31 October 2013Biotechnology

No plant SPCs after emergency orders – CJEU

Europe’s highest court has said supplementary protection certificates (SPCs) for plant protection products cannot be granted after the same product has been authorised on emergency grounds.

The Court of Justice of the EU (CJEU) was ruling on a dispute between Sumitomo and the German Patent and Trademark Office (DPM), which rejected the company’s SPC application in 2006.

Sumitomo owns a European patent (covering Germany) directed to the active substance clothianidin, used for insecticide products.

The German authorities, in December 2003, issued an emergency marketing authorisation (MA) to a company in the Bayer group for a plant product containing the active substance clothianidin.

A day after that MA expired, in May 2004, Sumitomo applied to the DPM for an SPC for plant protection products.

Later in 2004, the German authorities granted a provisional MA, valid until September 2007, to a company in the Bayer group for a product based on clothianidin.

In January 2006, the office dismissed Sumitomo’s application because, the CJEU said, “the MA was no longer valid within the meaning of Article 3(1)(b) of Regulation No 1610/96 since the emergency MA had already expired”.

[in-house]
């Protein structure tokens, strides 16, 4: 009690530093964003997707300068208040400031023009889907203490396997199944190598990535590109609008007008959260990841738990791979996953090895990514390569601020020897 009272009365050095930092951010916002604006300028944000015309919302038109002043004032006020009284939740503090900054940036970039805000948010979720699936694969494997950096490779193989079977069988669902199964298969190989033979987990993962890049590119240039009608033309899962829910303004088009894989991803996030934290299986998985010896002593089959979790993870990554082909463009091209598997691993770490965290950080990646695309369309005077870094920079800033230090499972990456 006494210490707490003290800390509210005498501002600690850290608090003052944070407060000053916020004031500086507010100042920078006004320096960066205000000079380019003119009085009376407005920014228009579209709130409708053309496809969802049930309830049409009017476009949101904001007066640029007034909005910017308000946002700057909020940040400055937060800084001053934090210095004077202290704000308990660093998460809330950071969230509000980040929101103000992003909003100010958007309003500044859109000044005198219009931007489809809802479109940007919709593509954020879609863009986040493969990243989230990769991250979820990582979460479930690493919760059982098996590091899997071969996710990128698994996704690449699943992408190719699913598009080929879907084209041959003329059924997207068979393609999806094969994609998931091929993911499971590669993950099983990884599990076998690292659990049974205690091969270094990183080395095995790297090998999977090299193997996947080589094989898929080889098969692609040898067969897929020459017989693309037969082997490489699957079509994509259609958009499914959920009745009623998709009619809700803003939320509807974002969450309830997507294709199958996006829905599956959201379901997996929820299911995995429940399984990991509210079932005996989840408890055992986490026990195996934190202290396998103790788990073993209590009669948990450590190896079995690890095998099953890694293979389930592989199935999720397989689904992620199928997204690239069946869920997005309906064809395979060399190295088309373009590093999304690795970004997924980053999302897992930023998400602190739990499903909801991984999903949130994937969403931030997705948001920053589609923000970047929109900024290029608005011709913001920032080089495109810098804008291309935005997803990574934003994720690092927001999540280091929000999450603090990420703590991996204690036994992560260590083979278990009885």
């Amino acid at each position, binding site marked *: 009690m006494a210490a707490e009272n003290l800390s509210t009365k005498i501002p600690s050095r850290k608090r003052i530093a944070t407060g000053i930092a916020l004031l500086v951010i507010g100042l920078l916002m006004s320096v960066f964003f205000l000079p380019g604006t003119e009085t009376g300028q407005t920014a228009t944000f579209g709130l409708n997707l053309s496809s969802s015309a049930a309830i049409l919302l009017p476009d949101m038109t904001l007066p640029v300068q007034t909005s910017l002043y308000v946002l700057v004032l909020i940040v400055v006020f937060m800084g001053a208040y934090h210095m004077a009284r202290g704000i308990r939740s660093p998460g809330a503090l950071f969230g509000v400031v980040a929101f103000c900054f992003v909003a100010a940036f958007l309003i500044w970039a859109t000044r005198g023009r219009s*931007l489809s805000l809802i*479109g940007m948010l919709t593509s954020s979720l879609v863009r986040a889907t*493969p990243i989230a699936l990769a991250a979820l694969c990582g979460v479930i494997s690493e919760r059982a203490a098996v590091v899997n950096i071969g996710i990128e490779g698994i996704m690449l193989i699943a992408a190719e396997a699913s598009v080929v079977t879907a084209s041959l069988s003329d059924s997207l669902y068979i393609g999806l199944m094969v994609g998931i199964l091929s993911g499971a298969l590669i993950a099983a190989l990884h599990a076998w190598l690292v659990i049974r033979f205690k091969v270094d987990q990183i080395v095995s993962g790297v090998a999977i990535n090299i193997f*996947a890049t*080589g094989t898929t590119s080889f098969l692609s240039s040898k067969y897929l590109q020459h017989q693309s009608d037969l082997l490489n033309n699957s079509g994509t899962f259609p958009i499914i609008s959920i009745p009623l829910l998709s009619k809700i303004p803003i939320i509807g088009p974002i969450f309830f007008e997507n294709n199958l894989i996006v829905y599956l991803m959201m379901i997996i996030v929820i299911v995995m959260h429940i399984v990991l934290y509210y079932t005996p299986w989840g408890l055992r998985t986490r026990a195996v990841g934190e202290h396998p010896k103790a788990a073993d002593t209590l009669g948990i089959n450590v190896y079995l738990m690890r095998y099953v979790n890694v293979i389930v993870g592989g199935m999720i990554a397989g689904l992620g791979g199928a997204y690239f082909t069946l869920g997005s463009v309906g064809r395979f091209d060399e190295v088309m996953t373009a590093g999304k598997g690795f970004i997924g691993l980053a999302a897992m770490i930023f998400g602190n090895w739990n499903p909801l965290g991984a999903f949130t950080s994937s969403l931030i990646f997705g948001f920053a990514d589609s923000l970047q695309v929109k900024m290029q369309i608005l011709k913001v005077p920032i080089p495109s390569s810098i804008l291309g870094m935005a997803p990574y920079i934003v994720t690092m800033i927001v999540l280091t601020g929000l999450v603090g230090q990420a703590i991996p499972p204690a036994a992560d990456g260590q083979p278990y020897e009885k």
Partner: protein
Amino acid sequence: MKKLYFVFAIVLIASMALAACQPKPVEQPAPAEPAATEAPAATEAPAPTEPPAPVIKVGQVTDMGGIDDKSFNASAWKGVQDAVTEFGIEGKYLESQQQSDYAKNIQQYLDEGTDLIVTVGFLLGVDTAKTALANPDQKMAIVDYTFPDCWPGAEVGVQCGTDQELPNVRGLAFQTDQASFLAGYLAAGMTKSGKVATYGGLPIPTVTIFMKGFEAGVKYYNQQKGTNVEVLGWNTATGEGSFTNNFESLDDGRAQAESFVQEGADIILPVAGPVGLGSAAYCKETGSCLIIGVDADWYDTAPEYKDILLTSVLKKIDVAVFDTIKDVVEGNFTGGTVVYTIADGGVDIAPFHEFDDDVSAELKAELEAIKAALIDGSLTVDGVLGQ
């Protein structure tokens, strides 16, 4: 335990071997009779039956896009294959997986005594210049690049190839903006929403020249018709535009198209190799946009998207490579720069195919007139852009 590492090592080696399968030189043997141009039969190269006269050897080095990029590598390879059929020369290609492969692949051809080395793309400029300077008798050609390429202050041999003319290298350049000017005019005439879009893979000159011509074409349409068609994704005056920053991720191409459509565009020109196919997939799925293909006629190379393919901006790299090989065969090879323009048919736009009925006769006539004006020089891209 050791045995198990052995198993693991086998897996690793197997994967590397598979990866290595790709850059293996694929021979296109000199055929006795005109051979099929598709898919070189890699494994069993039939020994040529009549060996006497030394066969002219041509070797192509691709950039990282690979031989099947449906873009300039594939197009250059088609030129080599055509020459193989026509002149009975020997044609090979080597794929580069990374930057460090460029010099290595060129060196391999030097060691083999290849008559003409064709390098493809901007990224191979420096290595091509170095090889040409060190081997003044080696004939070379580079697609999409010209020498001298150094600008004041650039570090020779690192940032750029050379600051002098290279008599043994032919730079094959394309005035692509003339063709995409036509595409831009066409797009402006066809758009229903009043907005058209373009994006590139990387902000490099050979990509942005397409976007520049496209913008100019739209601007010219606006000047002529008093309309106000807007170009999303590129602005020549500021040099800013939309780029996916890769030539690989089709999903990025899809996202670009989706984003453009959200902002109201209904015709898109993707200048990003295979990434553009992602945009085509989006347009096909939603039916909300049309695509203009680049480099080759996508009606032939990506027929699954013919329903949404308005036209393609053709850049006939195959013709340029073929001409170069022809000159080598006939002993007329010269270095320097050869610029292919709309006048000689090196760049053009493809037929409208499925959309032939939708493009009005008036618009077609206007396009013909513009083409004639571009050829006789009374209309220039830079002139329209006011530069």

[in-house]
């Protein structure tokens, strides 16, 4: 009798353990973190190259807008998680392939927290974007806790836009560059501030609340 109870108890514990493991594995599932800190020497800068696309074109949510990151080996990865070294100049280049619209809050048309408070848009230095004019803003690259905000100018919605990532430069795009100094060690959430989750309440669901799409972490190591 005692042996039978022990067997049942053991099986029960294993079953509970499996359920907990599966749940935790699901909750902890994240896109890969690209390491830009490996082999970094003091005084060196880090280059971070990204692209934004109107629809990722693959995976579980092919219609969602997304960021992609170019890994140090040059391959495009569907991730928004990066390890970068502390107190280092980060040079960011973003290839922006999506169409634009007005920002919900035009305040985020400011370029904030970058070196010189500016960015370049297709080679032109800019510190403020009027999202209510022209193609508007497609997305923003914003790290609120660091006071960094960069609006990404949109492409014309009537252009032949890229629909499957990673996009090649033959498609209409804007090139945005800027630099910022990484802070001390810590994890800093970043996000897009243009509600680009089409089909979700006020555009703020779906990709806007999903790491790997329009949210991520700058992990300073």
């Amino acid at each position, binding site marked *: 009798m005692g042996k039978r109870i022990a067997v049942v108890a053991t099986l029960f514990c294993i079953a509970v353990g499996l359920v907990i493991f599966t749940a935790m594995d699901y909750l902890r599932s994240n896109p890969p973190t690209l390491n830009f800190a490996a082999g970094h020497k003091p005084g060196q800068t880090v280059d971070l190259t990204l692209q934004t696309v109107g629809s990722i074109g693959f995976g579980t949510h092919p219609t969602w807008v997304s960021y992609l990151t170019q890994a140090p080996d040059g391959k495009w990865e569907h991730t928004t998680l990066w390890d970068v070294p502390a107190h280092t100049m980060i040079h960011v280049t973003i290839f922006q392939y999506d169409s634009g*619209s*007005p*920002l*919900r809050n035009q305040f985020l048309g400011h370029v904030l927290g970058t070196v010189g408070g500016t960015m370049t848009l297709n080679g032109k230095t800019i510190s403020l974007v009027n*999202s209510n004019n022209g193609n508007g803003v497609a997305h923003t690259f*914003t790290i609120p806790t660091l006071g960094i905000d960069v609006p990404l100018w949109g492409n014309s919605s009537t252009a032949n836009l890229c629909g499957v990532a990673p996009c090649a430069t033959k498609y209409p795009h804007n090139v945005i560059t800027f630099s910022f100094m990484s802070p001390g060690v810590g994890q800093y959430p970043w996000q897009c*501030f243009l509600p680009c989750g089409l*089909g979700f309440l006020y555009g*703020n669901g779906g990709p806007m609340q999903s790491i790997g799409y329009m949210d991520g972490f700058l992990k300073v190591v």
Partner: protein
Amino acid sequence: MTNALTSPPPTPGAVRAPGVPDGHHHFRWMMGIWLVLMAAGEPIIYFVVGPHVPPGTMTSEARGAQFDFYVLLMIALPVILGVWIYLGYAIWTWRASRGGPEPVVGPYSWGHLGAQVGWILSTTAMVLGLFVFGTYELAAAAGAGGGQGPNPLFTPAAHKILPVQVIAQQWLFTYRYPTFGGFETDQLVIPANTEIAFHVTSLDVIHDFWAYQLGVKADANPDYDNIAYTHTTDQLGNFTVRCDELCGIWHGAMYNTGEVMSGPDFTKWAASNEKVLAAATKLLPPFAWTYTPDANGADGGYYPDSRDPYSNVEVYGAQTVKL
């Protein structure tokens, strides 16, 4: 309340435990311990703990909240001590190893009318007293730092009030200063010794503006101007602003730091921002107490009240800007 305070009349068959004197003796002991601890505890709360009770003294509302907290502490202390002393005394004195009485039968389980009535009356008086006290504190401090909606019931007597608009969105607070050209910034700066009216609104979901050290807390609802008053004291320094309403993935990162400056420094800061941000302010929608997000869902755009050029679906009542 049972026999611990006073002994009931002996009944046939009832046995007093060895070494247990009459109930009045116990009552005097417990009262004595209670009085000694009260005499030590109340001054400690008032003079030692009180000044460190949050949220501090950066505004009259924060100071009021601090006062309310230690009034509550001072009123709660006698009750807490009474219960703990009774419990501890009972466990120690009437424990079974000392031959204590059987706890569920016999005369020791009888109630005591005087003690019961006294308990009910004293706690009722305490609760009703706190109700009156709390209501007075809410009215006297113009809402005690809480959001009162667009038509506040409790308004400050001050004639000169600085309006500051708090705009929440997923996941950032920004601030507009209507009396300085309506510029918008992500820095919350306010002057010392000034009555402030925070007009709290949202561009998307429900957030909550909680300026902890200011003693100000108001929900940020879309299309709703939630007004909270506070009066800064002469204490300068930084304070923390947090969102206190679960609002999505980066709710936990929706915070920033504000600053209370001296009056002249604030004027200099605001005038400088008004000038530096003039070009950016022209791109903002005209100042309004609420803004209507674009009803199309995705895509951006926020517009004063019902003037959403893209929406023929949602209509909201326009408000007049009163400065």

In a ruling on October 17, the CJEU was asked to clarify the interpretation of articles 3(1)(b) and 7(1) of the regulation 1610/96 regarding the creation of an SPC for plant protection products.

First, the CJEU considered whether article 3(1)(b) should be interpreted to preclude an SPC for a plant protection product when an emergency MA has been issued. Next, the court asked, was whether articles 3(1)(b) and 7(1) should be interpreted to preclude an SPC application being lodged before the date on which the plant protection product has obtained the MA referred to in article 3(1)(b).

The CJEU answered both questions in the affirmative.

While the ruling was expected, said Alexa von Uexkuell, partner at law firm Vossius & Partner in Munich, the ruling’s clarity is welcome.

“The ruling makes sense because ... you know what approvals you can rely on. Previously, you did not know if you could rely on emergency approvals.”

SPCs can already be granted when standard (10-year) MAs or provisional (three-year) MAs have been issued, but until now it was unclear what the rules were on emergency orders.

“It had been seen as a little bit unfair as the rules were so chaotic and the German Patent and Trademark Office handled this in a chaotic manner.

“It was not the applicant’s fault,” said von Uexkuell.

She added: “The European SPC regulation is very heavily criticised and the CJEU is too, as they don’t have a great deal of experience dealing with patents. The decisions have been erratic.”

The case will now go back to Germany’s patent court, the Bundespatentgericht, which will reject Sumitomo’s SPC, von Uexkuell said.

“In theory an appeal is possible, but because the CJEU ruling is binding the German Supreme Court would not accept the case.”

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